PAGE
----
The Amazon would have to wait. "I fell in love with the swamp and never left," he says. He eked out a living as a commercial fisherman. By 1987, he'd leased a half-acre plot in Bayou Sorrel for $150 a year, where he built a home propped three feet off the ground on cinder blocks—floodwaters lap at his doorstep at least once a year—and where he still lives with two dogs, two parrots, three horses, a pet snake, and a terrarium full of frogs, skinks, anoles, and newts.

Spending day after day in the swamp, Wilson began to notice a sudden surge in cypress logging about eight years ago. The practice devastates the Atchafalaya because cypress are the godfathers of the swamp, providing a fertile, protective sanctuary for wildlife. Without them, invasive plants quickly overrun indigenous species and strangle the ecosystem. "I realized that nobody was doing anything to protect the Atchafalaya," he says. "I got fed up with it and started to do swamp tours to raise awareness." One group that hired his Last Wilderness Tours told him about the Waterkeeper Alliance, Robert Kennedy Jr.'s grassroots nonprofit aimed at preserving waterways and wetlands. He sent in a proposal and in 2004 became the organization's Atchafalaya Basinkeeper. "He is the eyes and ears of the Atchafalaya," says Kennedy. "He's also the voice and fist."

Swamp Rats  Who abets the clearcutting of the last cypress stands?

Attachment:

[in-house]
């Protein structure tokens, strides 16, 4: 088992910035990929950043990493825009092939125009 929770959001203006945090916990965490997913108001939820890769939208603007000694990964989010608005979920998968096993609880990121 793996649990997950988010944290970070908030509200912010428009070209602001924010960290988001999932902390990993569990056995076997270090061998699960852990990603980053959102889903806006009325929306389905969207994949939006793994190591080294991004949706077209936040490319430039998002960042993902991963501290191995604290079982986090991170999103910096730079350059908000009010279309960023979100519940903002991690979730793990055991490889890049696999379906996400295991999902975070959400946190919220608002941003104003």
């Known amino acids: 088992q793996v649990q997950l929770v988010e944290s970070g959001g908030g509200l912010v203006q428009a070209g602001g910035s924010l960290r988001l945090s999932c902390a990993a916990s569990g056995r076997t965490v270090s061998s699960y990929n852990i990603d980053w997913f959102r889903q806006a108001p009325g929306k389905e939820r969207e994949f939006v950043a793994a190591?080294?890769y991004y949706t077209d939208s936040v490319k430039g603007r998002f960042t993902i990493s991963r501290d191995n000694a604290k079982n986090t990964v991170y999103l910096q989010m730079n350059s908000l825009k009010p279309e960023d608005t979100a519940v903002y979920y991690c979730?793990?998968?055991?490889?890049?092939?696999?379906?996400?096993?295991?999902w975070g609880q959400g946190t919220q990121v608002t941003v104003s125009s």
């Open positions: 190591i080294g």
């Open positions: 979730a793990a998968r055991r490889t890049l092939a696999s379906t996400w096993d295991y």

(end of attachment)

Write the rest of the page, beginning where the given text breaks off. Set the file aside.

• Department of Natural Resources Under the 2005 Coastal Impact Assistance Program, the state dnr was given $18.8 million to (mostly) buy cypress forests from private owners. To do so, the dnr was supposed to survey the swamps and designate areas most at risk. Three years later, it hasn't classified any land, or spent any of the money.

  • Department of Agriculture and ForestryThe state agency has a vested interest in preserving the $4.5 billion logging industry—Louisiana's second largest. Under recently retired Commissioner Bob Odom (listen to his personal jingle at, the ldaf encouraged landowners to harvest their timber.

  • Louisiana Forestry Association A private lobbying group whose 4,0o0 members include landowners, foresters, wood suppliers, and loggers, the lfa insists that most cypress will grow back when logged. The head of the lfa, Buck Vandersteen, has been touring the country soliciting other pro-logging groups to pressure Wal-Mart to rescind its ban on Louisiana cypress mulch.

  • Senator David Vitter Before Katrina, Louisiana's Republican senator attempted to insert language into a $2 billion water bill to prevent the Army Corps from enforcing already weak logging regulations in any but "navigable" waters.

  • Former Representative Billy Tauzin Although best known for his near-instantaneous transition from politician to Big Pharma lobbyist, Tauzin also used his position on the Energy and Commerce Committee to pressure the Army Corps to deregulate cypress logging.